4. When she was delivered she said, "O my Lord! Behold! I am delivered of a female child!" And Allah knew best what she brought forth. And nowise is the male like the female. I have named her Mary, and I commend her and her offspring to Your protection from the Evil One, the Rejected".
  5. Right graciously did her Lord accept her. He made her grow in purity and beauty. She was assigned to the care of Zakariya. Every time he entered (Her) chamber to see her, he found her supplied with sustenance. He said,"O Mary! Whence (comes) this to you?" She said, "From Allah, for Allah provides sustenance to whom He pleases without measure".
Let us pray especially for refugees everywhere at this time and remember all those suffering from poverty and disease. I am reminded that December 1st was World Aids Day and include a web site with messages from around the world including the one below from our friend in Damascus,Syria, Eustathius Matt Roham, Archbishop of the Syrian Orthodox Church of Antioch.

Peace to you.

World AIDS day 2006


In connection with World AIDS Day on December 1st, I would like to share my
experience and thoughts on HIV as many other religious leaders do. We all have to
make sure that we, who fortunately live in communities so far spared by this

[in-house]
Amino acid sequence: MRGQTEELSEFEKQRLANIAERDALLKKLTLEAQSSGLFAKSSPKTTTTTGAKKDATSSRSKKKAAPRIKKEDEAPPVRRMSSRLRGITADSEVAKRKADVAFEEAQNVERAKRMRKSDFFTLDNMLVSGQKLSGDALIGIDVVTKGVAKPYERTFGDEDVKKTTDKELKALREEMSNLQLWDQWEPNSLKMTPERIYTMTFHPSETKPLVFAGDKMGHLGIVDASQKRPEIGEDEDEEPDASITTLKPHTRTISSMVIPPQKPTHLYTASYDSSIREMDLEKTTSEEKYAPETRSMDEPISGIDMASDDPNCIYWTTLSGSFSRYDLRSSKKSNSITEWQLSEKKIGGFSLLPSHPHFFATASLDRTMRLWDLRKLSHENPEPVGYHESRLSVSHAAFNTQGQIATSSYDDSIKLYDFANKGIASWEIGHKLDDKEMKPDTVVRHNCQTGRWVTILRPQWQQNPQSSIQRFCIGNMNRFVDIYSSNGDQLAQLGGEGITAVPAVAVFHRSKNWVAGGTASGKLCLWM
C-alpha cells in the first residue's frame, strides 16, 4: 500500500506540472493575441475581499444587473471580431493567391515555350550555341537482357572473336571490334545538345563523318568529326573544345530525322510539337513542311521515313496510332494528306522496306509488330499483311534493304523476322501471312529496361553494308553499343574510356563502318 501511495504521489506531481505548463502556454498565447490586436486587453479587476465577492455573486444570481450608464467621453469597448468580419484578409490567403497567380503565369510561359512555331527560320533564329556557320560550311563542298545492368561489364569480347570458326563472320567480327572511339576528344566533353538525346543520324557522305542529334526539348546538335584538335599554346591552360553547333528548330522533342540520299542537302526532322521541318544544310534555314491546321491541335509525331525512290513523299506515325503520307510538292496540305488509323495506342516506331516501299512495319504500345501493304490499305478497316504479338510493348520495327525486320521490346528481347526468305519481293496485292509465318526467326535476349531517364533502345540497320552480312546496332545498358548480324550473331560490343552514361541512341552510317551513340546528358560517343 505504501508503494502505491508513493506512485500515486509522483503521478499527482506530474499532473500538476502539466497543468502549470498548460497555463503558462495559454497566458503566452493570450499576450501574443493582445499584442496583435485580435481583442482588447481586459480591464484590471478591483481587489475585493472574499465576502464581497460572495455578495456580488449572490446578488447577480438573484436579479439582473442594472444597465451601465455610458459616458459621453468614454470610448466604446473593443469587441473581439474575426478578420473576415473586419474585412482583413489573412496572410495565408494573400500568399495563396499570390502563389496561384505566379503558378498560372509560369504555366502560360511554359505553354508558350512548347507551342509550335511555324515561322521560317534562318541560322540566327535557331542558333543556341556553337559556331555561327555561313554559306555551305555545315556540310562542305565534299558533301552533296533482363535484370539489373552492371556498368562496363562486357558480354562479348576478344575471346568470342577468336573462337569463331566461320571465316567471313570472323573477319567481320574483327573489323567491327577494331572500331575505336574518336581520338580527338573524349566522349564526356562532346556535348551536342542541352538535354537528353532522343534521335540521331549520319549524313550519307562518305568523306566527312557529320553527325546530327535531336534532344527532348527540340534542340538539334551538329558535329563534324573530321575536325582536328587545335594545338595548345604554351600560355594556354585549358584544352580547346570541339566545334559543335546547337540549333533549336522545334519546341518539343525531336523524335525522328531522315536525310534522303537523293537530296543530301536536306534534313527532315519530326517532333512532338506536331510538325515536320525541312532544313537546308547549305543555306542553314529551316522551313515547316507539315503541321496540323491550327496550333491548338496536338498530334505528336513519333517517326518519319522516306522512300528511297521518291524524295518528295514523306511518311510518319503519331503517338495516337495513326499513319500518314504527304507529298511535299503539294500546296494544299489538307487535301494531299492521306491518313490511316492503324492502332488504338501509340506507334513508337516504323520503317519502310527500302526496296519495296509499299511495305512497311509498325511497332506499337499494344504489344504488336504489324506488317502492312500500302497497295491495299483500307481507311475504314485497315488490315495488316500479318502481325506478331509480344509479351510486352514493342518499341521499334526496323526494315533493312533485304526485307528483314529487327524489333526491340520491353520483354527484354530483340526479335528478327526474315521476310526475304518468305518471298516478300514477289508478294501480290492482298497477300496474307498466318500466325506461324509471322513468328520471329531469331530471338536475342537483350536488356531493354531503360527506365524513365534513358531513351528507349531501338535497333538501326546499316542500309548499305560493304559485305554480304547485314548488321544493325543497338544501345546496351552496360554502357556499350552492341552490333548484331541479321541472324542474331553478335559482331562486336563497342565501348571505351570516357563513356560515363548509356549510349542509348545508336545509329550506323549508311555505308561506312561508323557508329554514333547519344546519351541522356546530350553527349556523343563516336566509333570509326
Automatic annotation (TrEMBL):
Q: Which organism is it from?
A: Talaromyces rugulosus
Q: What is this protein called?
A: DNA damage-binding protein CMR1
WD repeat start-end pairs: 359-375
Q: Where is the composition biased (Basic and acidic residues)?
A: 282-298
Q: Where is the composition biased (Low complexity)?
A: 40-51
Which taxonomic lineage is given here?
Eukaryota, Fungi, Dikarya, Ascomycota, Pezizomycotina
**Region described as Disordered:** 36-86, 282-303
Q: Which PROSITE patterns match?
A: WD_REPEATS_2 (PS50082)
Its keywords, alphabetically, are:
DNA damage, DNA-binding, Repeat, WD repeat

pandemic, are prepared so we can act as good and caring Christians when the day
comes when we for the first time meet a person with HIV.

I had an interesting experience in the summer of 1986 when I shook hands with two
HIV-positive people at Nassau County Medical Center - East Meadow, New York.

I was taking a course in clinical pastoral education with Revd. Thomas F. Kennedy.
The course was about ten weeks in length, and one morning Revd. Kennedy informed
us that a nurse was coming to do an hour-long presentation about AIDS. At the end
of the lecture, the nurse escorted us to the sixth floor of the medical center and told us
that two rooms on this floor had been designated for people with AIDS.

Before I entered the room, I thought that HIV-positive people would be quarantined,
but when we entered the room, I saw two patients, who seemed to me to be just like
any other sick people. The nurse introduced us and said that she had been taking care
of these two patients for five years and had not contracted AIDS. She affirmed that
HIV is not transmitted through normal handshaking or breathing.

Revd. Kennedy proceeded to shake the patients' hands and we followed suit.
Initially, I was hesitant, but then I took heart and thought to myself, "If the fear of
dying is hindering me from shaking hands, then I should choose shaking hands and

Our world nowadays is very similar to the world of the past some 2,000 years ago.
Some people still treat HIV-positive people the same way that people with leprosy
used to be treated at the time of Christ. A leper used to be shunned and quarantined,
and leprosy itself was explained as God's anger towards people.

Jesus, however, never ignored lepers or other marginalized people. We owe it
ourselves to follow Christ's example by standing humanely with HIV-positive people
and other marginalized groups in our society. I assure you all that I will not condemn
any in our church who is living with HIV. I will welcome that person and sit down,
share a meal and discuss how Christ came to heal persons in such a difficult situation,
and to bring them salvation through His suffering, death and resurrection.

Eustathius Matta Roham,
Archbishop of Jazirah and Euphrates
Syrian Orthodox Church of Antioch